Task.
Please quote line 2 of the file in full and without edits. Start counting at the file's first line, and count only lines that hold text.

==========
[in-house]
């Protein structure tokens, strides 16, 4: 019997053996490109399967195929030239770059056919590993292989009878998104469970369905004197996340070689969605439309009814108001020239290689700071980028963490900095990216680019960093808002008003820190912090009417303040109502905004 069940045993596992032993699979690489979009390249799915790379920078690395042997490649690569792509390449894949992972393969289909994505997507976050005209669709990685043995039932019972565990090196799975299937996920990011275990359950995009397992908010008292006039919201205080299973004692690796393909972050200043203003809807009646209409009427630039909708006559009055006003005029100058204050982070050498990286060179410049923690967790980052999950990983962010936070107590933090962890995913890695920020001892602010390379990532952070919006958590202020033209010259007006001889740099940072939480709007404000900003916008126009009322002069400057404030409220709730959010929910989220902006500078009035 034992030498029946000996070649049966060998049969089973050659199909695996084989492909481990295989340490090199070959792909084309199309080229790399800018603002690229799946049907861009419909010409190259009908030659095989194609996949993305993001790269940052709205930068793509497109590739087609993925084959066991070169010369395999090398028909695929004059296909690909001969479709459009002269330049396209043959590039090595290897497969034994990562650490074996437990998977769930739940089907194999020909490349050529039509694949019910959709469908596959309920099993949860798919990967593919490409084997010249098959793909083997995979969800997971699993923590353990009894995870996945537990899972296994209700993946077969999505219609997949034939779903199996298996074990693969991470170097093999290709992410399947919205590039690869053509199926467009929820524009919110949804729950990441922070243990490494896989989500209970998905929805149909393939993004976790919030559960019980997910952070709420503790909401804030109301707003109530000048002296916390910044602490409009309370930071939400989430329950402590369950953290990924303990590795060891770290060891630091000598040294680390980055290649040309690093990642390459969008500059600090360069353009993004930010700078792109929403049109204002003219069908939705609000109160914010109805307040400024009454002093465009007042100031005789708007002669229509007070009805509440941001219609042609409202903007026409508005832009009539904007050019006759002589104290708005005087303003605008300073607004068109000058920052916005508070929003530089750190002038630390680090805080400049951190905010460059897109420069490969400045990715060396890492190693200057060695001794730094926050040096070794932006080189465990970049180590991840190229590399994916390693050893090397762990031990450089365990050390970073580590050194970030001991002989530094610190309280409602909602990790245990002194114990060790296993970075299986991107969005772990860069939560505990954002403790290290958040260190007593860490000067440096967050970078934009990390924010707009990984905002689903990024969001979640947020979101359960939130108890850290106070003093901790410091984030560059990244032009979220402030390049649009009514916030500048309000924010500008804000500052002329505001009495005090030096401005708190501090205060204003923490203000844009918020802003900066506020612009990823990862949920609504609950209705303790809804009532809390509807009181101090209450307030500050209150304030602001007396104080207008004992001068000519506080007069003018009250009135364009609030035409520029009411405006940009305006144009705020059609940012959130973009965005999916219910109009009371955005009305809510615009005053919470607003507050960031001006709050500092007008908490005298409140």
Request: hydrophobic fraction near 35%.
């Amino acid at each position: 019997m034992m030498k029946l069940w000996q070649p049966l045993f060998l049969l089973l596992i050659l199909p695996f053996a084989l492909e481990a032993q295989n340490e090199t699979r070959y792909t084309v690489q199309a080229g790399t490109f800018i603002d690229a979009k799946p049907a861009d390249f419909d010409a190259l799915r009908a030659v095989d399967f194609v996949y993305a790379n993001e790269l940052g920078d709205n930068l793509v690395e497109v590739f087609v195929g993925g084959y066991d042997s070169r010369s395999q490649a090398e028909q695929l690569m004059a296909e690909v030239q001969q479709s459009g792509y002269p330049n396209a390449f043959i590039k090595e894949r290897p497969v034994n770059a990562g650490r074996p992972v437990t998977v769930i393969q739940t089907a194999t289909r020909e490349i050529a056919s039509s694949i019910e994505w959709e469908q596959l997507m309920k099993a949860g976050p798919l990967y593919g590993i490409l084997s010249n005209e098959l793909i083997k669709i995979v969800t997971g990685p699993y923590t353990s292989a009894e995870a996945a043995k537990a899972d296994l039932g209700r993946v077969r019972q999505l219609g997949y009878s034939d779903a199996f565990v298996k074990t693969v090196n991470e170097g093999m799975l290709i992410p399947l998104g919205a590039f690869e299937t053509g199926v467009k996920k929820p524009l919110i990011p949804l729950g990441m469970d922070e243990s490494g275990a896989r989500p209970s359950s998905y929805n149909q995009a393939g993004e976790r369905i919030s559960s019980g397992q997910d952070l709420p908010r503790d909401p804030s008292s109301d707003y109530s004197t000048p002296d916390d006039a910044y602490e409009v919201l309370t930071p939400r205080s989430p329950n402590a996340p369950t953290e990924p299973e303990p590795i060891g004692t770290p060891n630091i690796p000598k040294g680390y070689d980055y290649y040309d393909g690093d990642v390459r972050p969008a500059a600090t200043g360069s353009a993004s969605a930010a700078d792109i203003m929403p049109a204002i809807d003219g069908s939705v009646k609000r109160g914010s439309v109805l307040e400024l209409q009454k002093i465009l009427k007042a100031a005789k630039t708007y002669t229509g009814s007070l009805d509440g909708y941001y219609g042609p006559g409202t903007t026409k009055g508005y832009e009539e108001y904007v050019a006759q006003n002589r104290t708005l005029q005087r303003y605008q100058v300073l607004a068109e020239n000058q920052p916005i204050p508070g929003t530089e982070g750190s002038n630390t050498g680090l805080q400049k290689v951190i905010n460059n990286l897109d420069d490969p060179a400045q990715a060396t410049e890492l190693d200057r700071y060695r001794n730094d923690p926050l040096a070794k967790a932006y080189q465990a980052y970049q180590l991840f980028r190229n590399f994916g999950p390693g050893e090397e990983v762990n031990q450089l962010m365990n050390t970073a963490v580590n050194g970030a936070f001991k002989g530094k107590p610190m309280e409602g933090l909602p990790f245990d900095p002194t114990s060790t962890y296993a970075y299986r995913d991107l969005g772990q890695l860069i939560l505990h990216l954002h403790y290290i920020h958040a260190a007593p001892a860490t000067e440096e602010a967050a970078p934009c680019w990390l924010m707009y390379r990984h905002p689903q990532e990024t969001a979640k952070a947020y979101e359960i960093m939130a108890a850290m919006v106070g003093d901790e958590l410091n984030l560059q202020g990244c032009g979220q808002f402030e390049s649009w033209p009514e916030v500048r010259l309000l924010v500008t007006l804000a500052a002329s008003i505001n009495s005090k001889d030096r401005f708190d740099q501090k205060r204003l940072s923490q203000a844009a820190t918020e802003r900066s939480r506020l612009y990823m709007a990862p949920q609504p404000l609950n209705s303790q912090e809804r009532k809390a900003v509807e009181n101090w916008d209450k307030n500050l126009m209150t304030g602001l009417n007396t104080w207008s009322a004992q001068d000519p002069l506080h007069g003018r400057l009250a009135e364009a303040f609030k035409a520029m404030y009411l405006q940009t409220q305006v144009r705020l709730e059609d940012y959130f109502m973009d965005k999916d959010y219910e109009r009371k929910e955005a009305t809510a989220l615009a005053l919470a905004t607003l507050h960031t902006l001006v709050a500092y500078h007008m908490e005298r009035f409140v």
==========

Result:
């Protein structure tokens, strides 16, 4: 019997053996490109399967195929030239770059056919590993292989009878998104469970369905004197996340070689969605439309009814108001020239290689700071980028963490900095990216680019960093808002008003820190912090009417303040109502905004 069940045993596992032993699979690489979009390249799915790379920078690395042997490649690569792509390449894949992972393969289909994505997507976050005209669709990685043995039932019972565990090196799975299937996920990011275990359950995009397992908010008292006039919201205080299973004692690796393909972050200043203003809807009646209409009427630039909708006559009055006003005029100058204050982070050498990286060179410049923690967790980052999950990983962010936070107590933090962890995913890695920020001892602010390379990532952070919006958590202020033209010259007006001889740099940072939480709007404000900003916008126009009322002069400057404030409220709730959010929910989220902006500078009035 034992030498029946000996070649049966060998049969089973050659199909695996084989492909481990295989340490090199070959792909084309199309080229790399800018603002690229799946049907861009419909010409190259009908030659095989194609996949993305993001790269940052709205930068793509497109590739087609993925084959066991070169010369395999090398028909695929004059296909690909001969479709459009002269330049396209043959590039090595290897497969034994990562650490074996437990998977769930739940089907194999020909490349050529039509694949019910959709469908596959309920099993949860798919990967593919490409084997010249098959793909083997995979969800997971699993923590353990009894995870996945537990899972296994209700993946077969999505219609997949034939779903199996298996074990693969991470170097093999290709992410399947919205590039690869053509199926467009929820524009919110949804729950990441922070243990490494896989989500209970998905929805149909393939993004976790919030559960019980997910952070709420503790909401804030109301707003109530000048002296916390910044602490409009309370930071939400989430329950402590369950953290990924303990590795060891770290060891630091000598040294680390980055290649040309690093990642390459969008500059600090360069353009993004930010700078792109929403049109204002003219069908939705609000109160914010109805307040400024009454002093465009007042100031005789708007002669229509007070009805509440941001219609042609409202903007026409508005832009009539904007050019006759002589104290708005005087303003605008300073607004068109000058920052916005508070929003530089750190002038630390680090805080400049951190905010460059897109420069490969400045990715060396890492190693200057060695001794730094926050040096070794932006080189465990970049180590991840190229590399994916390693050893090397762990031990450089365990050390970073580590050194970030001991002989530094610190309280409602909602990790245990002194114990060790296993970075299986991107969005772990860069939560505990954002403790290290958040260190007593860490000067440096967050970078934009990390924010707009990984905002689903990024969001979640947020979101359960939130108890850290106070003093901790410091984030560059990244032009979220402030390049649009009514916030500048309000924010500008804000500052002329505001009495005090030096401005708190501090205060204003923490203000844009918020802003900066506020612009990823990862949920609504609950209705303790809804009532809390509807009181101090209450307030500050209150304030602001007396104080207008004992001068000519506080007069003018009250009135364009609030035409520029009411405006940009305006144009705020059609940012959130973009965005999916219910109009009371955005009305809510615009005053919470607003507050960031001006709050500092007008908490005298409140």